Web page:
The 67,000 square foot winery itself is not obtrusive on the landscape – while its physical footprint is a large one it is nearly all underground. Signs of the winery above ground include large rust colored vents which provide air down to the parking garage. The restaurant is also above ground where it should be – for the views of the rolling Tuscan hillsides.
The parking garage is an artistic piece in and of itself. Parking garages worldwide are generally mundane boring “boxes” where you leave your automobile for a while and are in no particular hurry to linger inside. Not so with the one here; it is an incredible piece of art that helps create an anticipation of actually seeing the winery. Cities that rotate around the automobile such as Los Angeles would benefit by taking careful notes on this particular design.
Pucini, the famous composer of operatic scores said he wrote better after he enjoyed drinking some fine Antinori wine! Some of his original scores are displayed under glass here. A true highlight of this museum is a massive dual wooden and iron wine press that dates back to the Renaissance – this press is unique not only for its size and structure but the fact that is was personally designed by the great Leonardo Da Vinci.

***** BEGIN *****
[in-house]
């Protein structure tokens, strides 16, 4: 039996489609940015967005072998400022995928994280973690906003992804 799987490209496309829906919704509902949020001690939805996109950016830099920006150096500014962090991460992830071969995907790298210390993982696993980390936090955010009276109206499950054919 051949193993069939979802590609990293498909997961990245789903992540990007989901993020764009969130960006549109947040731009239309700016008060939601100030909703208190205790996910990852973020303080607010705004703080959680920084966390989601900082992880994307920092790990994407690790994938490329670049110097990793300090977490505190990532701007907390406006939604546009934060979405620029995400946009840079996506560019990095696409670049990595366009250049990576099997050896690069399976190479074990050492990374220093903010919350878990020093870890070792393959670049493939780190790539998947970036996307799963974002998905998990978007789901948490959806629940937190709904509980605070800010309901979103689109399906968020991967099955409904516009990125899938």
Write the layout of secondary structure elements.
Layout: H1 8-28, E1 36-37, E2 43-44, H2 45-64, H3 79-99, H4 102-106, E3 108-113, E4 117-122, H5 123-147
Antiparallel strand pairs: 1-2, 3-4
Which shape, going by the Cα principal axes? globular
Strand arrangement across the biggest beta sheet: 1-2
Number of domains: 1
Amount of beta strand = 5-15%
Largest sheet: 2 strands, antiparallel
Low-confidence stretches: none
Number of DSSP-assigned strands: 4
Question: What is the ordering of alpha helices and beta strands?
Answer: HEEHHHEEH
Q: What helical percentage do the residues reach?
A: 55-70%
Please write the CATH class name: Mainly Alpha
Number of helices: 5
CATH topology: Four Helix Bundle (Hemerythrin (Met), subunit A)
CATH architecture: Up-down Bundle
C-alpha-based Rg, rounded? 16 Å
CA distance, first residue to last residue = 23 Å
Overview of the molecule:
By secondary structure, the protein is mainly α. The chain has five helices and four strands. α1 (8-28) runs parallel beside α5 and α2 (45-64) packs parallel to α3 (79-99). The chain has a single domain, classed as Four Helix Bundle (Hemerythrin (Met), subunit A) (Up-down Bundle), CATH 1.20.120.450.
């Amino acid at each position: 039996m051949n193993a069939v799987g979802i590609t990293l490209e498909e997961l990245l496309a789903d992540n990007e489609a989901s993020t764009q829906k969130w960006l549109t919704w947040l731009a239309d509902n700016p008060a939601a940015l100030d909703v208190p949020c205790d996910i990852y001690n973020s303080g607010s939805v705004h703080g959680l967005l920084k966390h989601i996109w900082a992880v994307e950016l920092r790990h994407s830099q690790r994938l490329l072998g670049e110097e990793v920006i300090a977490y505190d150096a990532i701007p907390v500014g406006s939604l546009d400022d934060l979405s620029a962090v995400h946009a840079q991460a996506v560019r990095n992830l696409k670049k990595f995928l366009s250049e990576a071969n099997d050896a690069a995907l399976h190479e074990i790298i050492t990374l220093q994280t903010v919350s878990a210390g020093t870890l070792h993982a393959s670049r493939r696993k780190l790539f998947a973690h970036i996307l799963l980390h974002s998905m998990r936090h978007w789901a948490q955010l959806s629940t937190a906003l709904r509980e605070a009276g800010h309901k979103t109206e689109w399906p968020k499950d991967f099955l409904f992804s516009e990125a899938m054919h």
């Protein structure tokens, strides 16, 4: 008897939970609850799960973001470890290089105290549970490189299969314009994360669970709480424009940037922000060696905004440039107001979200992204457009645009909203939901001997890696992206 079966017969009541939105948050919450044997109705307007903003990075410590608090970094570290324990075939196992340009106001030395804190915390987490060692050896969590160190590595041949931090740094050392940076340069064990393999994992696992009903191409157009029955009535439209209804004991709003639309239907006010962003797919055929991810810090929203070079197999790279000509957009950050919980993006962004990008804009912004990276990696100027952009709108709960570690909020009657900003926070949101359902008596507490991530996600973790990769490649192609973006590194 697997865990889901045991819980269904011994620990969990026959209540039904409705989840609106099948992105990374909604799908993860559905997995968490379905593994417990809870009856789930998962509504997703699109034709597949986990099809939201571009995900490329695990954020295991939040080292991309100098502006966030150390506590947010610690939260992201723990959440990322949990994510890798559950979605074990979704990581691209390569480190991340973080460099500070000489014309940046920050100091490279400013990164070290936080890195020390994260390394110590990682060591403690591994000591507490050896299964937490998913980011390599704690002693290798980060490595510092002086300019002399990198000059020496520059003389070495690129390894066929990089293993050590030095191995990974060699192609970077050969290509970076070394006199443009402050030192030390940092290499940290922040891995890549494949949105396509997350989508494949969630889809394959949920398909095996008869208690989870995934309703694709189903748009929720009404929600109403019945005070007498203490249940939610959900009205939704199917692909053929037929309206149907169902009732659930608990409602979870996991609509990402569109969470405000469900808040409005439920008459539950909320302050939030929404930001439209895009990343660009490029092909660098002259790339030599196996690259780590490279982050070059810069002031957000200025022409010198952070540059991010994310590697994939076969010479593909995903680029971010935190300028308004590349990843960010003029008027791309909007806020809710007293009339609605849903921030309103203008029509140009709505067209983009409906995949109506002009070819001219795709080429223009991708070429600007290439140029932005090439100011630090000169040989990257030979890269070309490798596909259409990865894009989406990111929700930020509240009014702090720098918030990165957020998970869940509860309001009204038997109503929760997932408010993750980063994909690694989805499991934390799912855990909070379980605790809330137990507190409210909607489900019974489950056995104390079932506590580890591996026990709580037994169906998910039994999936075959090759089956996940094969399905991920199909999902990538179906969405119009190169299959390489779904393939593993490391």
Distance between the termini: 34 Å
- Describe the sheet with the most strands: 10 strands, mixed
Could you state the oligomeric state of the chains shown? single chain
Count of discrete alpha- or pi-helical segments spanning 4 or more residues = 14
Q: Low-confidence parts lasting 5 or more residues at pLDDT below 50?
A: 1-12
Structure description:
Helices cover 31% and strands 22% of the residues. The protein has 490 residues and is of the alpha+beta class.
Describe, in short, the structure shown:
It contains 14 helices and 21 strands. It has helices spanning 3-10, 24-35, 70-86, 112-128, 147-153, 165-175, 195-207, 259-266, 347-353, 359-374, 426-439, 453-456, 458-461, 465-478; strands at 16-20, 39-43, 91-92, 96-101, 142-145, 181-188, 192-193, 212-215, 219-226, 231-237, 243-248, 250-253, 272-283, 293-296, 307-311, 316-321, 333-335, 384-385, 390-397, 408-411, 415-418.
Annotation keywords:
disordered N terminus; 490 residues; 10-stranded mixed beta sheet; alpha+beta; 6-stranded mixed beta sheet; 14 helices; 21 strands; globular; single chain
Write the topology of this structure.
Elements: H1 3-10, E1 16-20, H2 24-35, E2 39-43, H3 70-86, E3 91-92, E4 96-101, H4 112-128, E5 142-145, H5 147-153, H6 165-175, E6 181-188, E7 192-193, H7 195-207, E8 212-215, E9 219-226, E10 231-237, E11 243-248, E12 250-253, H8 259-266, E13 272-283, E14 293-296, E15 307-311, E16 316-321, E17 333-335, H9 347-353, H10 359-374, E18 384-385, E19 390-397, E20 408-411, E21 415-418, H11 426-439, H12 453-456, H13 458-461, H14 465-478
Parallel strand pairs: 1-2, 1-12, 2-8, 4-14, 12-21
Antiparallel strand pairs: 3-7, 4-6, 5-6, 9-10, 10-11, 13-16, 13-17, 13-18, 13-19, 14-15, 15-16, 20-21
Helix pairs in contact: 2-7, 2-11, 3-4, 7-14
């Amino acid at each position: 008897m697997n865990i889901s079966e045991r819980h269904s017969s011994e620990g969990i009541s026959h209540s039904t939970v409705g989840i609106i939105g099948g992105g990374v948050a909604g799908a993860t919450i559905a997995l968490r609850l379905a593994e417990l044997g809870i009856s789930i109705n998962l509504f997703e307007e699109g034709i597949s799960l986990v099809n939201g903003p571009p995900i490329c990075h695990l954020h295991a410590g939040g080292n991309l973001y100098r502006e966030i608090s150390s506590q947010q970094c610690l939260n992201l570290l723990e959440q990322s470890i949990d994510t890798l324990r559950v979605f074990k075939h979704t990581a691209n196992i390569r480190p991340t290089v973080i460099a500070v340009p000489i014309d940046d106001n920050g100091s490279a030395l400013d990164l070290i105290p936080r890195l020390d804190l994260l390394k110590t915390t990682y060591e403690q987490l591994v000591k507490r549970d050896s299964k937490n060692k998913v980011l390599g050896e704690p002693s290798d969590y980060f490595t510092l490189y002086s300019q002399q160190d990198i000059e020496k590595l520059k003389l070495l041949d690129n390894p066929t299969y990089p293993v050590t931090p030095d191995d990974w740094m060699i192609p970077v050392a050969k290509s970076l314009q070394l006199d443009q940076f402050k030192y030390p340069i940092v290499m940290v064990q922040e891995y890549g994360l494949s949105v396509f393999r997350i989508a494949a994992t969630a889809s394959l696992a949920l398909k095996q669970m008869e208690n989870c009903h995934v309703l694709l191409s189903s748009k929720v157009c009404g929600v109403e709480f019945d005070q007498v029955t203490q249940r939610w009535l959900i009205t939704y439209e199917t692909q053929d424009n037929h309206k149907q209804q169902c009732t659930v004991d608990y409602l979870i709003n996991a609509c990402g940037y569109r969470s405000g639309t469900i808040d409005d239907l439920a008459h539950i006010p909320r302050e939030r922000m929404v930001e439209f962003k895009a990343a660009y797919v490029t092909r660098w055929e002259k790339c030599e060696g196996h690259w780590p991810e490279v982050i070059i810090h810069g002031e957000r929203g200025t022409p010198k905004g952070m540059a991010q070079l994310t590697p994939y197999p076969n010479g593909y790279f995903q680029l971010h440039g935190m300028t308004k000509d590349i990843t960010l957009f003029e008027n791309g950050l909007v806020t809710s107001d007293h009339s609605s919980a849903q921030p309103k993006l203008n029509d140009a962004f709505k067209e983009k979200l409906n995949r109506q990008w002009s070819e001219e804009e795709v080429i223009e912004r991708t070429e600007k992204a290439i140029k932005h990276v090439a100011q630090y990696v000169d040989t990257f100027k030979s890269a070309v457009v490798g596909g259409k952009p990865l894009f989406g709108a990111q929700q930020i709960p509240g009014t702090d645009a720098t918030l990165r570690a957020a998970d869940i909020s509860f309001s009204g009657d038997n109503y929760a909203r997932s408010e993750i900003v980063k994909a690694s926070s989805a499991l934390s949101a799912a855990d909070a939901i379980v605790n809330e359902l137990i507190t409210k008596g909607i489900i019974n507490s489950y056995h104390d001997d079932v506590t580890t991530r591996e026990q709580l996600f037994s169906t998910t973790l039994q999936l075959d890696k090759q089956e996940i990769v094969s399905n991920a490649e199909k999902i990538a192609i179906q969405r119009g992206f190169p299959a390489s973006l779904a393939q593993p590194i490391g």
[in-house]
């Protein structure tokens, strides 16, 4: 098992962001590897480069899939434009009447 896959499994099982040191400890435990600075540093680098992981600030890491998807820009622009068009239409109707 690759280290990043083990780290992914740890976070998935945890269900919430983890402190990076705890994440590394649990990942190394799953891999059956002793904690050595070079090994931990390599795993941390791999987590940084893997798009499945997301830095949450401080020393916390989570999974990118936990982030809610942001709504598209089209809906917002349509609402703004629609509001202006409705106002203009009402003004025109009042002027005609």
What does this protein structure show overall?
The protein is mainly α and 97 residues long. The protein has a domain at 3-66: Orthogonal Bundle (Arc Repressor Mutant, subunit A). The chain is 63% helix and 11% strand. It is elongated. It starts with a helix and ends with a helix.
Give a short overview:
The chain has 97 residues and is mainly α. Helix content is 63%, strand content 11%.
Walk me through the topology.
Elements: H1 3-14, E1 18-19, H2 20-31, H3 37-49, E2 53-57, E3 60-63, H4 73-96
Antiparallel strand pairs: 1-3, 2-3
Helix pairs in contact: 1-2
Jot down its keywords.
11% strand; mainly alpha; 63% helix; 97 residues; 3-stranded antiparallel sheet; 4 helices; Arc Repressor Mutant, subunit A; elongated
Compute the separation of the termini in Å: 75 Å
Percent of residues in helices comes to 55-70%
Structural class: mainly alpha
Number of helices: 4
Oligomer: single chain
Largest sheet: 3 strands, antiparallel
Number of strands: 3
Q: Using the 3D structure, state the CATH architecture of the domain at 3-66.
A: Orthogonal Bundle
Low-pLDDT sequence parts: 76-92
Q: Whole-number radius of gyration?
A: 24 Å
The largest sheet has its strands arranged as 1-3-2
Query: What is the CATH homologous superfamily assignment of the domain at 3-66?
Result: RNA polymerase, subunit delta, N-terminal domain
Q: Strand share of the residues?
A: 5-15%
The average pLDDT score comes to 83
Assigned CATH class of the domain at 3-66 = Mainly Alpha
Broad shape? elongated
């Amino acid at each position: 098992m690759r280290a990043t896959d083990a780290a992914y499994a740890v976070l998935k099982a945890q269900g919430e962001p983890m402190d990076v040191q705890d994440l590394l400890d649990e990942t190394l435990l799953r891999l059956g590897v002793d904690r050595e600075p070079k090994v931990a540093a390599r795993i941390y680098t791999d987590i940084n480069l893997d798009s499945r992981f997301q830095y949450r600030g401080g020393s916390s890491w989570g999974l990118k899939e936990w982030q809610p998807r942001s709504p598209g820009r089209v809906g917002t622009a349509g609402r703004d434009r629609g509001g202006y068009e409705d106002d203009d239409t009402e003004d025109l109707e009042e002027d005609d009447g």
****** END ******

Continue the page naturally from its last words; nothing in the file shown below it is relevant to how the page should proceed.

Classical paintings collected over the centuries by the Antinori’s, a wine library, models of the family’s other estates and other historical artifacts are also on display.
A decent sized auditorium is located next to the museum and features documentaries about the Antinori family history, the construction of the winery (5 years condensed into 15 minutes) and presentations about their other estates.
The restaurant at the winery is simply called “Rinuccio” – named after a family member who started making wine way back in the year 1180. It is located on the roof of the cellar – overlooking the rolling hills and vineyards of Tuscany. Large glass windows bring an “openess” to the dining experience. The focus is on Tuscan cuisine and Tuscan produced wines. Hamburgers are on the menu – these aren’t your normal American hamburgers but are rather gourmet – served between local bread and presented on a wooden board. The tasty chicken salad is served on a bed of fresh lettuce.